Around 85% of his USD 170 billion worth investments are concentrated in just 15 securities. By betting selectively on few great ideas, Buffett has made a fortune.
The research study also highlighted this fact that investing only on our high conviction ideas and consciously avoiding mediocre lower conviction ideas will do wonders to our portfolio returns and our investing career.
What then does it take to follow this investing approach? The answer, I believe, lies in these 5 C’s .
5 C’s of selective betting
Competence: The skill required to find great ideas.
You cannot become a great Pastry chef if you don’t know how to bake. Similarly, if you are going to bet selectively on great ideas then you should firstly be competent enough to identify one.
Cash: Adequate Funds to back the great ideas
What is the use of a great idea if it cannot be backed by adequate funds. Allocate too little and you cannot really feel the impact. Allocate too much and your portfolio can get wiped off. Always back great ideas with materially significant allocation which is neither too little or too much
Conviction: High confidence in your idea
When you bet, place your stakes on an idea on which you have the highest conviction. The one which you believe has the best chance of success backed by research, data and thought.
Betting selectively in great ideas only requires a bundle of confidence. Confidence is needed in your investing process, in your investing strategy and most importantly in – YOURSELF
Courage: Courage in times of crisis.
Great opportunities come usually when there is a crisis or what you say as “when there is blood on the street”. Also there could be great opportunities when outstanding companies are going through a temporary problem. Courage to back up your great ideas during crisis is priceless.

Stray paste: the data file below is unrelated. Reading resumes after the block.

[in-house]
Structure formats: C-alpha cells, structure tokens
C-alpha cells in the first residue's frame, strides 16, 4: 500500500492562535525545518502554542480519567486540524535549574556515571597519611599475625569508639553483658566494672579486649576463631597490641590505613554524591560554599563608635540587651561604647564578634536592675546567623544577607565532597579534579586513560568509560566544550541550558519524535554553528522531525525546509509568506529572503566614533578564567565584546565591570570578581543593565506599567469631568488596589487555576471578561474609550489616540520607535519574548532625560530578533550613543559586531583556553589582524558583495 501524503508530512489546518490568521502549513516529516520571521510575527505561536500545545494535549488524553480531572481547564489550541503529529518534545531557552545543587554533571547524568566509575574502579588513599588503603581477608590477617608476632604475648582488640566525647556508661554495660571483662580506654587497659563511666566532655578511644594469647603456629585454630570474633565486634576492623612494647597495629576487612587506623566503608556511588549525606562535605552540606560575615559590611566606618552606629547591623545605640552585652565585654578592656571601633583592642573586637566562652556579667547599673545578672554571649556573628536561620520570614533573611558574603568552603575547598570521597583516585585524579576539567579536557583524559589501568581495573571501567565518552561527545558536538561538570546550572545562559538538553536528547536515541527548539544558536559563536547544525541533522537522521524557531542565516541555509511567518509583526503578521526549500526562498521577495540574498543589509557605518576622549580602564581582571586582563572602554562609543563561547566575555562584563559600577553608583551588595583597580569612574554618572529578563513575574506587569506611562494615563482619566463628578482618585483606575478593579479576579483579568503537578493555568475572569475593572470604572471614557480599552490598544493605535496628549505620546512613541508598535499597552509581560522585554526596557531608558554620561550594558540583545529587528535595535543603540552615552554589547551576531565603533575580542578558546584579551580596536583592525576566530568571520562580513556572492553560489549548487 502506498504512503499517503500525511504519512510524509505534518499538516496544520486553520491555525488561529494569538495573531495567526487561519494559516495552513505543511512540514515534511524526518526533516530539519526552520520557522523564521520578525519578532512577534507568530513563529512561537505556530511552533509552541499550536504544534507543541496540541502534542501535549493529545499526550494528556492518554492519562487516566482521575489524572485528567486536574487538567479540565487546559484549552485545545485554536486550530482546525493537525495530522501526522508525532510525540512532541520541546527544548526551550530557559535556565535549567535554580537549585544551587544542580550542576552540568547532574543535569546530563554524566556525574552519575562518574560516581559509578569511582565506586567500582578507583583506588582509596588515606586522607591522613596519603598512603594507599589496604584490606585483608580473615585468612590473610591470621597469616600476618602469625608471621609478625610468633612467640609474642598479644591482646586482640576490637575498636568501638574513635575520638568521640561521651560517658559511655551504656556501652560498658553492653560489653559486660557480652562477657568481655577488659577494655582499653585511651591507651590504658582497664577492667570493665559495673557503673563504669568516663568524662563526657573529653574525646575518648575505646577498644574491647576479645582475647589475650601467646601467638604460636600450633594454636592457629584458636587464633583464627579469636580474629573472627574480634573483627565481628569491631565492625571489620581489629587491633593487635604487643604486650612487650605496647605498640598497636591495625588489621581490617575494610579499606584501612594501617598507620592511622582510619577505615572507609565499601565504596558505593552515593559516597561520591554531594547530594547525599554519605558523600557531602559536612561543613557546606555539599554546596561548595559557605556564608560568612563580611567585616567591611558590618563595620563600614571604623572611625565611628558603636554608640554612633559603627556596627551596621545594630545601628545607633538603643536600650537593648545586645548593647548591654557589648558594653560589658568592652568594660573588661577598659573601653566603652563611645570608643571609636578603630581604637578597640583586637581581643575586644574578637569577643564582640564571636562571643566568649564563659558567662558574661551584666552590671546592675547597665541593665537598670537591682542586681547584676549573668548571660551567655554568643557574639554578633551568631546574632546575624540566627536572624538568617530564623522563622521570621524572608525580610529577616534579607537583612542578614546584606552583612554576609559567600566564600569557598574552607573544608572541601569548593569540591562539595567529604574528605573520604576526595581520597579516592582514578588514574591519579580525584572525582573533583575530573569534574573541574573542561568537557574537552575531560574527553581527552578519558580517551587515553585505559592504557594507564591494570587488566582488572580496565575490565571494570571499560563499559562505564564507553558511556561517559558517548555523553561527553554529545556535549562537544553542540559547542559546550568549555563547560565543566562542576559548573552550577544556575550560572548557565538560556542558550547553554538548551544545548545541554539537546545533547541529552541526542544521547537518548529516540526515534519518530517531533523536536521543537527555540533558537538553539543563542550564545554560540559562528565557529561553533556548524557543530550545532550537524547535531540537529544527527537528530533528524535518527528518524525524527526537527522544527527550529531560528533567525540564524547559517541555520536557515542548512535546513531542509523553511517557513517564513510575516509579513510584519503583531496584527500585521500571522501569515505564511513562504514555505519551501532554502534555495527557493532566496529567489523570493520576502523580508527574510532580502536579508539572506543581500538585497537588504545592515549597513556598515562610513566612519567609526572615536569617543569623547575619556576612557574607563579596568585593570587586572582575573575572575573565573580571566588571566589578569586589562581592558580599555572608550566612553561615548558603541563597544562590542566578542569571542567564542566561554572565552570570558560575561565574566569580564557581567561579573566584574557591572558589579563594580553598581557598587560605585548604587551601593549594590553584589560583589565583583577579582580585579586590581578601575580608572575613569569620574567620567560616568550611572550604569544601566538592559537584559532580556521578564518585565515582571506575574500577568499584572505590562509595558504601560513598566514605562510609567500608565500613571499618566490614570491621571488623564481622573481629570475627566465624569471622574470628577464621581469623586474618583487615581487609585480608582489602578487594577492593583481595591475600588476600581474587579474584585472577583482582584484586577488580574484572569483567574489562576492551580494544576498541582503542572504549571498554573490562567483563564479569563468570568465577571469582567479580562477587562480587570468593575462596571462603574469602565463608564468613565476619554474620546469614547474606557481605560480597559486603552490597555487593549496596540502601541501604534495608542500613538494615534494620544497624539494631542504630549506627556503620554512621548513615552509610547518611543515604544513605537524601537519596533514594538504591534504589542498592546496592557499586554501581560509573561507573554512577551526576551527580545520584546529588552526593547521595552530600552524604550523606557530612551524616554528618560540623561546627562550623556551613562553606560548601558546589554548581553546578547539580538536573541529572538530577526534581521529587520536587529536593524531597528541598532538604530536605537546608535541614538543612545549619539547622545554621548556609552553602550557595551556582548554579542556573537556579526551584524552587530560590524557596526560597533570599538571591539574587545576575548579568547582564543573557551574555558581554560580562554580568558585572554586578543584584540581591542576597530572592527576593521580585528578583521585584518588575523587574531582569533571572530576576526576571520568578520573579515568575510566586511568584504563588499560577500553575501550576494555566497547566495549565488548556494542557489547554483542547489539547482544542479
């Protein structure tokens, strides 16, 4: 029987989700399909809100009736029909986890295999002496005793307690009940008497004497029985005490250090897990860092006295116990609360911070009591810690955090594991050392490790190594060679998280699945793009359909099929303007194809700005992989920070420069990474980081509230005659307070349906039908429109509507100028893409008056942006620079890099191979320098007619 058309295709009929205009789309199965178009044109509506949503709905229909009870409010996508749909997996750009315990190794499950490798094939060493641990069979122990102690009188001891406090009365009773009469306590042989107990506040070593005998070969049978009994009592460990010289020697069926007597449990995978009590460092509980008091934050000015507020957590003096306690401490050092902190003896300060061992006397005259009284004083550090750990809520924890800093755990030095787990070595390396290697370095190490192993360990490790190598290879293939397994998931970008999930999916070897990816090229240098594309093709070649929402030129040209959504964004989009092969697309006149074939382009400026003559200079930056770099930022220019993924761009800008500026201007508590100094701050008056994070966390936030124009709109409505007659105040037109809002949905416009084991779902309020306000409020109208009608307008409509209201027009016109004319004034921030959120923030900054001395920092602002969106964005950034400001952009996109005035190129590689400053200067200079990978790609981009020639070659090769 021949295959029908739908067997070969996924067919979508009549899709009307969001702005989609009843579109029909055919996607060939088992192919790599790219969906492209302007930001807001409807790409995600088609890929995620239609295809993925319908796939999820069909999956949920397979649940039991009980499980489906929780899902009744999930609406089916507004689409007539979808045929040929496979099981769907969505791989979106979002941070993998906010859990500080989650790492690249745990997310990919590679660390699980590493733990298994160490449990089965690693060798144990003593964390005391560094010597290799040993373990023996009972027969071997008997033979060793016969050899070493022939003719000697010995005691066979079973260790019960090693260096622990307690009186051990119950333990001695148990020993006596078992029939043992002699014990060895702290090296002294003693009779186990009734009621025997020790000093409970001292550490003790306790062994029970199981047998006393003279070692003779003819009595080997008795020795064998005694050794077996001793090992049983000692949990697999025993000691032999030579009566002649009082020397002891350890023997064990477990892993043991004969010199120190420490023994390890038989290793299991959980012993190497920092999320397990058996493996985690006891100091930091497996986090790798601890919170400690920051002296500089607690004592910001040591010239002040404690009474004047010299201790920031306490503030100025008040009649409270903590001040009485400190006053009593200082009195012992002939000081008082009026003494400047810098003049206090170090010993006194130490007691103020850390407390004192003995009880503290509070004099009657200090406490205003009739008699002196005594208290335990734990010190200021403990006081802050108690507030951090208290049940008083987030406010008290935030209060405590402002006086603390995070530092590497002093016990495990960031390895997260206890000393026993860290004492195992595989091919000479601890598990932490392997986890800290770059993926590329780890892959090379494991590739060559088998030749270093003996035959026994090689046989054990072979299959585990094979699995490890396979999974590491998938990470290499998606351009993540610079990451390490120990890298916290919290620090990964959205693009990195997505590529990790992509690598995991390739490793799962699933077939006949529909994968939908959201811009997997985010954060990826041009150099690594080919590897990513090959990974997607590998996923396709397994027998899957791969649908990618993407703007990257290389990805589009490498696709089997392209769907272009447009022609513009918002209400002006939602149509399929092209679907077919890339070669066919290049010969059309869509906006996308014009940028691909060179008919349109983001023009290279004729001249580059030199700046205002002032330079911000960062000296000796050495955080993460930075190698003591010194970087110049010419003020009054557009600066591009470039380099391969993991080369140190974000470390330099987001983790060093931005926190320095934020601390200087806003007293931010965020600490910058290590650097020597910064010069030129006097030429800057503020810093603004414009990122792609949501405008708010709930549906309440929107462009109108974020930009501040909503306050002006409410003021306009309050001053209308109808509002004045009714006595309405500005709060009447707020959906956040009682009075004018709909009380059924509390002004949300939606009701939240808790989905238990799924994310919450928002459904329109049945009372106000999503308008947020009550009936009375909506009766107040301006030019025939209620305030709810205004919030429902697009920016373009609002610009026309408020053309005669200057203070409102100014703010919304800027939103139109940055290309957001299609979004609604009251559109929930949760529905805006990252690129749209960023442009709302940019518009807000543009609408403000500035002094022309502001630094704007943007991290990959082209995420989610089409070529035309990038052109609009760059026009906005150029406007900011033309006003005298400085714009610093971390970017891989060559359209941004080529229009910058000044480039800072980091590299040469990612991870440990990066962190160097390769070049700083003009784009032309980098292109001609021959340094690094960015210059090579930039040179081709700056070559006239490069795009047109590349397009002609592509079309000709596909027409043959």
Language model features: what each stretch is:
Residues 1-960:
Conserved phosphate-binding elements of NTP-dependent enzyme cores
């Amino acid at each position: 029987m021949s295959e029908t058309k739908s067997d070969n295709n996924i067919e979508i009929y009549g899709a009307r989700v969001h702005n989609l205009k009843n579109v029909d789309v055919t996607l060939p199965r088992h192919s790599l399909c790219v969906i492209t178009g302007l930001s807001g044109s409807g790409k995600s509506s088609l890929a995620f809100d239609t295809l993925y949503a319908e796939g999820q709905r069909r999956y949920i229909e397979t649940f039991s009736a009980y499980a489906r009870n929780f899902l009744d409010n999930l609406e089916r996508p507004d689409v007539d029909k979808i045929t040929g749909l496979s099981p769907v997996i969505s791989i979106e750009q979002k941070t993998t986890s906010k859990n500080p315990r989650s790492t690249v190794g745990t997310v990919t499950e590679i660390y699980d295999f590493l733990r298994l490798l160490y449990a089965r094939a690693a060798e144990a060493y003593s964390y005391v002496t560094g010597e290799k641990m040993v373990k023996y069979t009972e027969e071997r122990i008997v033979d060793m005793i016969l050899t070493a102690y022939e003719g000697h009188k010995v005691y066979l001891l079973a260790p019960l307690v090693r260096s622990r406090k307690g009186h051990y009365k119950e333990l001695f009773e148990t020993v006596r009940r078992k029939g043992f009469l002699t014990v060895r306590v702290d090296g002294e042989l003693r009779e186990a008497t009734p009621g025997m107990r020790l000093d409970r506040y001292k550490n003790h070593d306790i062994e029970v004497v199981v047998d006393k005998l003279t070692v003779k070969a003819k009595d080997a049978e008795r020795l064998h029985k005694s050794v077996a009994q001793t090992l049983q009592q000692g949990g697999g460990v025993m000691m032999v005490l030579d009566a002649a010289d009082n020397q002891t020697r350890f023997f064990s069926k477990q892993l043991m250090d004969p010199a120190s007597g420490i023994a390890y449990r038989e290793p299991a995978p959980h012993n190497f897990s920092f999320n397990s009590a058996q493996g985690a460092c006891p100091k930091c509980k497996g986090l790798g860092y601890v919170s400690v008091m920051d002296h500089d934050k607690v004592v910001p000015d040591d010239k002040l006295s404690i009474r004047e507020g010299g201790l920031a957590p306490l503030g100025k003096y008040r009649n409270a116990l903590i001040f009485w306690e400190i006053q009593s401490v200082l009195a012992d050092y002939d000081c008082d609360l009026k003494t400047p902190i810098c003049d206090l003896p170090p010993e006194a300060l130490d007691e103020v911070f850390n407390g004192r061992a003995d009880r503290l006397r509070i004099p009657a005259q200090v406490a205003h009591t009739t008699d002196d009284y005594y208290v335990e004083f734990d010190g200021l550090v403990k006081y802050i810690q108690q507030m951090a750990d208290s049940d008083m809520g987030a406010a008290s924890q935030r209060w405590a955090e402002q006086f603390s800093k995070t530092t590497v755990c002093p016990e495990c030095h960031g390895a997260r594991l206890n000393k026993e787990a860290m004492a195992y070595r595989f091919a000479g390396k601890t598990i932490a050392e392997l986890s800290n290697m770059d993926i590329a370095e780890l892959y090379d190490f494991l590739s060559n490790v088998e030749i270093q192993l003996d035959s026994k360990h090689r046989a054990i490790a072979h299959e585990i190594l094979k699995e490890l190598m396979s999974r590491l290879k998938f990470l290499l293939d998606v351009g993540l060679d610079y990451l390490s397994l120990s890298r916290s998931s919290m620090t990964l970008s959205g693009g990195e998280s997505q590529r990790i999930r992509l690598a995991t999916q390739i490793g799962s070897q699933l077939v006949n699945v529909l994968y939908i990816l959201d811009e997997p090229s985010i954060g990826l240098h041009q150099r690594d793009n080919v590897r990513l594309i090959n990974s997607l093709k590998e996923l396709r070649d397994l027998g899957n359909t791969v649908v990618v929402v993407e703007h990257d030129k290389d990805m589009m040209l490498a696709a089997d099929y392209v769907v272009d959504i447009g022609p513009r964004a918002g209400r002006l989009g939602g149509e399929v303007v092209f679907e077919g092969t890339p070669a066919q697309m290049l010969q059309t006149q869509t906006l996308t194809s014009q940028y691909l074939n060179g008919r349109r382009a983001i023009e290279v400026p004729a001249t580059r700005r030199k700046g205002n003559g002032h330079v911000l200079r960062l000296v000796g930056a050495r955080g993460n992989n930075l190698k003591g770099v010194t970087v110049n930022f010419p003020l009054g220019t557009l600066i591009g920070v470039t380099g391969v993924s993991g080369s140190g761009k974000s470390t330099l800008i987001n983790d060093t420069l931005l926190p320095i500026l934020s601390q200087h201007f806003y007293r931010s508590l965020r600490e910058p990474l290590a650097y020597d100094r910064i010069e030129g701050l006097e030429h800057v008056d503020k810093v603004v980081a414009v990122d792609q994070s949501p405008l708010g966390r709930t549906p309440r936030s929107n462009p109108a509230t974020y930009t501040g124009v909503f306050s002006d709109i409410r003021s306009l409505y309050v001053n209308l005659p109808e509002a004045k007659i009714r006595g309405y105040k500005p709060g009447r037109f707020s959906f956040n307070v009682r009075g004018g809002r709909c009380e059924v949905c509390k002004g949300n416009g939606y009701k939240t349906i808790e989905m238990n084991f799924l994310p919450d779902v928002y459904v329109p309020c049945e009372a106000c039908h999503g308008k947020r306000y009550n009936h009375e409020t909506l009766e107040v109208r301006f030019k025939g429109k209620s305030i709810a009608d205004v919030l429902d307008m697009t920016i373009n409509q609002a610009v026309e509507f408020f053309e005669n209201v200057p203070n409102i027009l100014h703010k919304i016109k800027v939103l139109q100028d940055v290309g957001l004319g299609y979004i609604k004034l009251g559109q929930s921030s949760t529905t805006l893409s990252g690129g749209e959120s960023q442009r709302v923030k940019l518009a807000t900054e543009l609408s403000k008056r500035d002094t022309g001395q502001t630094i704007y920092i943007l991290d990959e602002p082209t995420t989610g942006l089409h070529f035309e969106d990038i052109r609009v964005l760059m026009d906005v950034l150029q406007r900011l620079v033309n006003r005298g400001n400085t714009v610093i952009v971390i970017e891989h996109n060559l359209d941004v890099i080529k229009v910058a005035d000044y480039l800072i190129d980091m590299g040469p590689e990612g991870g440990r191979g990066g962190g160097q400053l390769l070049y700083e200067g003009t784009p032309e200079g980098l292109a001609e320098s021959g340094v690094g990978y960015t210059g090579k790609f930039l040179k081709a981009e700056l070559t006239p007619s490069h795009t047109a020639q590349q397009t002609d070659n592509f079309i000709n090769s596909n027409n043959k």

Character: Ability to say “No”
Last but certainly the most important “C” is your “character” – your basic nature, trait and mental make-up.
Similarly, for an investor, the ability to say “No” is a tremendous advantage. When your friends and colleagues are caught in the market frenzy, maintaining a Zen level of calmness and not biting at every cookie thrown at you requires a great temperament. Sitting on cash without hitting the buy requires character.
Peter lynch famously said “Owning Stocks is like having children, don’t get involved with more than you can handle”.
Every time you hit the “buy” button you are not just allocating your money to your idea but also giving something even more precious and irreplaceable of yours- TIME.
To answer the question with which we began, Whether you should bet selectively on few great ideas or bet frequently on many moderately good ideas; it all comes down to one thing – YOU.
Do you have the 5 c’s needed to make this strategy work? If yes then give this very successful strategy a try and start betting selectively. on great ideas. That’s what winners do !!!